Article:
Woodland Sets for Canine and Coon
by Charles L. Dobbins
(This article was published in the May 1988 issue
of The Trapper and Predator Caller)
In some parts of the country, there are more
acres of woodland than there are open farmland. The wild canine trappers
that pass up setting traps in this woodland type cover are missing a lot
of fur. We all know the coyote and fox hunt the woodlands, especially
late in the season.
I know that most wild canine trappers prefer the
open farmland type terrain when after the fox or coyote. Unlike farmland,
the hardest thing to learn in woodland is the proper location of sets.
I can pass along a few pointers for finding the locations in woodland habitat.
When a person is traveling through the woods, his
eyes are five feet above the ground. This gives a view for quite some
distance ahead. The fox, coon or coyote eyes are only about a foot above
the ground, so they can't see very far in front of them. How do these
animals actually find and negotiate their way through the woods without the
aid of a defined trail? Especially when they've hunted all summer and
fall in the more open areas, then move to woodland habitat for a more abundant
winter food supply?
For example, let's take a woods that you are familiar
with. Maybe you have hunted squirrels there on several occasions, or
maybe grouse. For whatever the reason, you are familiar with it.
Even in the dark, you could find your way through this woods without the
aid of any kind of an artificial light. You may not actually see the
fallen small limbs, sprouts, a jutting stone or other small things that may
trip you. However, you know that you must go to the right of that big
leaning oak that is silhouetted against the night sky. The reason you
had to go to the right of this oak was there is a deep gully just to the
left of this tree. Once past the oak you can see silhouetted against
the dark sky the top of a grapevine covered elm. You know to keep to
the left of this tree to avoid a patch of multiflora rose that is to the
right of this tree. At this elm tree you can see a leafy white oak
about 40 yards away. You know there is an uprooted tree laying on the
ground to the left of this leafy oak, so you steer to the right of this oak
which will bring you out on a small ridgetop. This ridgetop will lead
you to your destination in the woods.
How did you negotiate your way through the woods?
You went from one prominent landmark to another prominent landmark.
A long time ago, I noticed that gray foxes did this in heavy cover.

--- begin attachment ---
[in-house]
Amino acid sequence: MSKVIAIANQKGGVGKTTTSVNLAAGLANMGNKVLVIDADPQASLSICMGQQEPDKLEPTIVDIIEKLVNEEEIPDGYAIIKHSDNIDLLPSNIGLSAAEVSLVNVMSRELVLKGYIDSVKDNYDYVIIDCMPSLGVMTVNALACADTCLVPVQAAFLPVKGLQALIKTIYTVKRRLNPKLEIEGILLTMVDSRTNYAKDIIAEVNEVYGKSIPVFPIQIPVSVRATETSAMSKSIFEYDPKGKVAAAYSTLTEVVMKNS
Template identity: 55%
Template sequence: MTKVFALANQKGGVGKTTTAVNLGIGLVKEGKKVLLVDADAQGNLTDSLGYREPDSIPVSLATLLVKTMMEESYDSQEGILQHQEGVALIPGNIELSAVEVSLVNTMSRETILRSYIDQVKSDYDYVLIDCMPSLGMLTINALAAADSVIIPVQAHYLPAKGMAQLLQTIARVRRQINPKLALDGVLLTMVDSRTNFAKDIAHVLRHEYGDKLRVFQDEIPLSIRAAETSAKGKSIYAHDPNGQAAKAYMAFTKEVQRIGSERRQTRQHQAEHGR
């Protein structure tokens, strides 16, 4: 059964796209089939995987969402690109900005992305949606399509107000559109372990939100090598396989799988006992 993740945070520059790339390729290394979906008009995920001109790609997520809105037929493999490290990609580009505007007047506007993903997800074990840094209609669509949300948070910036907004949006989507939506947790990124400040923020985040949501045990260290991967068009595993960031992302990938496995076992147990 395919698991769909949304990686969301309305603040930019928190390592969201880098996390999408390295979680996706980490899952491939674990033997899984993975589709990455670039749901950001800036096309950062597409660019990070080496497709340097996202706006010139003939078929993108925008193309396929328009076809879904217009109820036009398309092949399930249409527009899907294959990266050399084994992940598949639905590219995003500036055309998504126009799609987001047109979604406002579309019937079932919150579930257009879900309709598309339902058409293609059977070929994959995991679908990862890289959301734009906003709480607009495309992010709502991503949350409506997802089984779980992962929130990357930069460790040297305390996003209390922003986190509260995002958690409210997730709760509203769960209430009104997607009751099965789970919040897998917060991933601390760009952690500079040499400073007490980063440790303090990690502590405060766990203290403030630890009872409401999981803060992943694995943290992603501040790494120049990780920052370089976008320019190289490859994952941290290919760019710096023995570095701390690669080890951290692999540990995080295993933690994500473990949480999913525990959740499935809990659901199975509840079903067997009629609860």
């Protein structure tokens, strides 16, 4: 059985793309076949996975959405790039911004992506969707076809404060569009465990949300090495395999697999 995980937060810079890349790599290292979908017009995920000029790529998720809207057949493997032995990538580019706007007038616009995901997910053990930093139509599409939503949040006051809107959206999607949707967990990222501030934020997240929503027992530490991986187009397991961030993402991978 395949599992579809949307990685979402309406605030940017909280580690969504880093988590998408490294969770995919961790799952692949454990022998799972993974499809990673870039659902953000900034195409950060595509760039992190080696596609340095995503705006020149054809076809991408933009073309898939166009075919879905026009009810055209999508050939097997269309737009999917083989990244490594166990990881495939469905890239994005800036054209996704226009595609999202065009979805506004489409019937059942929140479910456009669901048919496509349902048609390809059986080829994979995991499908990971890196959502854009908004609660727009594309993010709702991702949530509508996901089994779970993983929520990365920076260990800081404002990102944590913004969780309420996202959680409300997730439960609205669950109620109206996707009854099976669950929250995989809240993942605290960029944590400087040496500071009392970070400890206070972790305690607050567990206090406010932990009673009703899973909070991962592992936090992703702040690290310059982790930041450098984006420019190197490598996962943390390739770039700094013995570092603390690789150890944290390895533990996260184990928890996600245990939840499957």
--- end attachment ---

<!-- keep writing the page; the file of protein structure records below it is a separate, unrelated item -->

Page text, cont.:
They go from a blown down tree to a large boulder to a large rotting log
to a big burnt stump to a jumble of briars and grapevines to a pile of rotting
logs to another uprooted tree. They are picking their way through cover
by going from one prominent landmark to another. In the hilly terrain
of woodlands, the set locations are easier to find than in the flat, level
woodlands. Gullies, ridges and ravines help pinpoint the exact set
locations. Deep ravines and steep-sided gullies are, in most cases,
avoided by the wild canines. Sure, they can cross these ravines or
gullies, but they would rather go around on the downwind side. That
way, if there is anything there that is food for them, their nose will alert
them to the situation.
Ridges in woodland habitat are followed because
this gives the predators a sense of direction as well as being high to lighten
or pick up any promising smells coming up from lower elevations.
Raccoon will investigate any large standing tree
and it doesn't have to be hollow. Any large log laying on the ground
will attract raccoon, also. Have you ever noticed the piles of raccoon
droppings on certain logs and at the base of some large trees in an area?
On big stumps, too. The raccoon are somewhat different when it comes to gullies,
ravines or dry washes. They prefer to travel the bottom of these.
Small streams are another route the raccoon like to follow from point A to
I make sets for the wild canines and raccoon somewhat
different in the woodlands than I do in the more open terrain. I have
already named the locations, so close to these places is where I make my
sets. The common dirthole will work. But in the woodlands, blowing
leaves can be very bothersome when using the dirthole. Most times,
the dirthole will be packed full of blowing leaves.
I may locate a set close to a large stump or log.
Near this, I will scrape away all the leaves in a rough circle of about six
to eight feet in diameter. Any small sprouts are dug up or cut off
flush with the ground. Now I have a cleared off area and there are
many things that I can do to attract the wild canines to this place.
The trapper can bed, cover and blend in his trap
in this cleared circle. Bits of bait that are attractive to the wild
canines are placed just under the rotted leaf mold of this circle.
I try to keep all smells at least a foot away from the trap. A gob
of call lure placed 1O to 12 feet up on a tree or branch seems to help
. This cleared area, in most cases, will remain free
of blowing leaves. To those of you that have trees growing in your
yards, have you ever noticed how the fallen leaves will gather around small
bushes, weeds and long grass? Now look at the surface of the driveway,
the sidewalks or paths that are smooth. There are no leaves on these smooth
surfaces. The air currents will keep smooth surfaces swept clear of leaves.
This same thing works out in the woodlands